U.S. Should Intensify Efforts To Expand HIV Treatment, Develop Vaccine, Find Cure
“[I]n a remarkable show of wise bipartisan support, on [November 19] the U.S. Congress reauthorized [PEPFAR] and the U.S. investment in the Global Fund to Fight AIDS, Tuberculosis and Malaria by passing legislation to extend the program’s authorization,” Myron Cohen, associate vice chancellor for global health at the University of North Carolina at Chapel Hill, and the architect and principal investigator of the multinational HPTN 052 trial, writes in The Hill’s “Congress Blog.” “This decision will save millions of lives and is a terrific example of the U.S. engaging in ‘health diplomacy,'” he states, adding, “But it is only one, vitally necessary step.”
“The week before, 40 U.S. legislators urged the president to double the number of people currently supported on treatment through PEPFAR,” Cohen notes, adding, “[W]e have known with certainty that early treatment of HIV dramatically reduces transmission of the virus” since the HPTN 052 trial was published three years ago. “By keeping people healthy and reducing new infections, early treatment of HIV proves to be a great investment,” he continues. “History tells us that when we are making progress against an infectious disease, we must not relax,” he writes, and concludes, “For HIV we must redouble our efforts in every regard: to get more people treated as quickly as possible, to make a vaccine, and to find a cure” (11/26).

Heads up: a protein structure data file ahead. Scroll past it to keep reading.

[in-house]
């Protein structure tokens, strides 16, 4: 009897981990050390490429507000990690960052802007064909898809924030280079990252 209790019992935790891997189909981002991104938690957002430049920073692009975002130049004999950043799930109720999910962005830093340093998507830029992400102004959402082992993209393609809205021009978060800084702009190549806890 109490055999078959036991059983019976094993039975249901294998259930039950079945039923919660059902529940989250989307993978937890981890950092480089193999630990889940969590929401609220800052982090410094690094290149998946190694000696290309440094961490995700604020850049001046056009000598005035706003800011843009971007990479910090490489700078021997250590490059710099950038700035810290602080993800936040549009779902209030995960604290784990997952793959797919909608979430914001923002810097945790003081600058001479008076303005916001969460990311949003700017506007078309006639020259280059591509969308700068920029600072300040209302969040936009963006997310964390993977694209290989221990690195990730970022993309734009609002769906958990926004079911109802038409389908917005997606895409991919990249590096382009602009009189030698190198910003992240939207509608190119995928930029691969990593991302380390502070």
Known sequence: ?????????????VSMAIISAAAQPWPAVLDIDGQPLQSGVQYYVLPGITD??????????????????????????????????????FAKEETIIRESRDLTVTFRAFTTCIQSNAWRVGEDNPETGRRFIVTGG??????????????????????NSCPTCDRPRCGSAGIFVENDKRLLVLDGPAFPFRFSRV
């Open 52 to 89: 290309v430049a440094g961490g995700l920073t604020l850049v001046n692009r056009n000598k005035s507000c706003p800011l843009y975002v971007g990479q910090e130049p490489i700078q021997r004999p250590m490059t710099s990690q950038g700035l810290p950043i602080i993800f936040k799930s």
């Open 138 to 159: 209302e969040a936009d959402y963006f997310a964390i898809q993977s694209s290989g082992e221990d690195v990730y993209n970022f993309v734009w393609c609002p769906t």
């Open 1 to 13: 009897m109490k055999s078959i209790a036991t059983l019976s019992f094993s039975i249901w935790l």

The KFF Daily Global Health Policy Report summarized news and information on global health policy from hundreds of sources, from May 2009 through December 2020. All summaries are archived and available via search.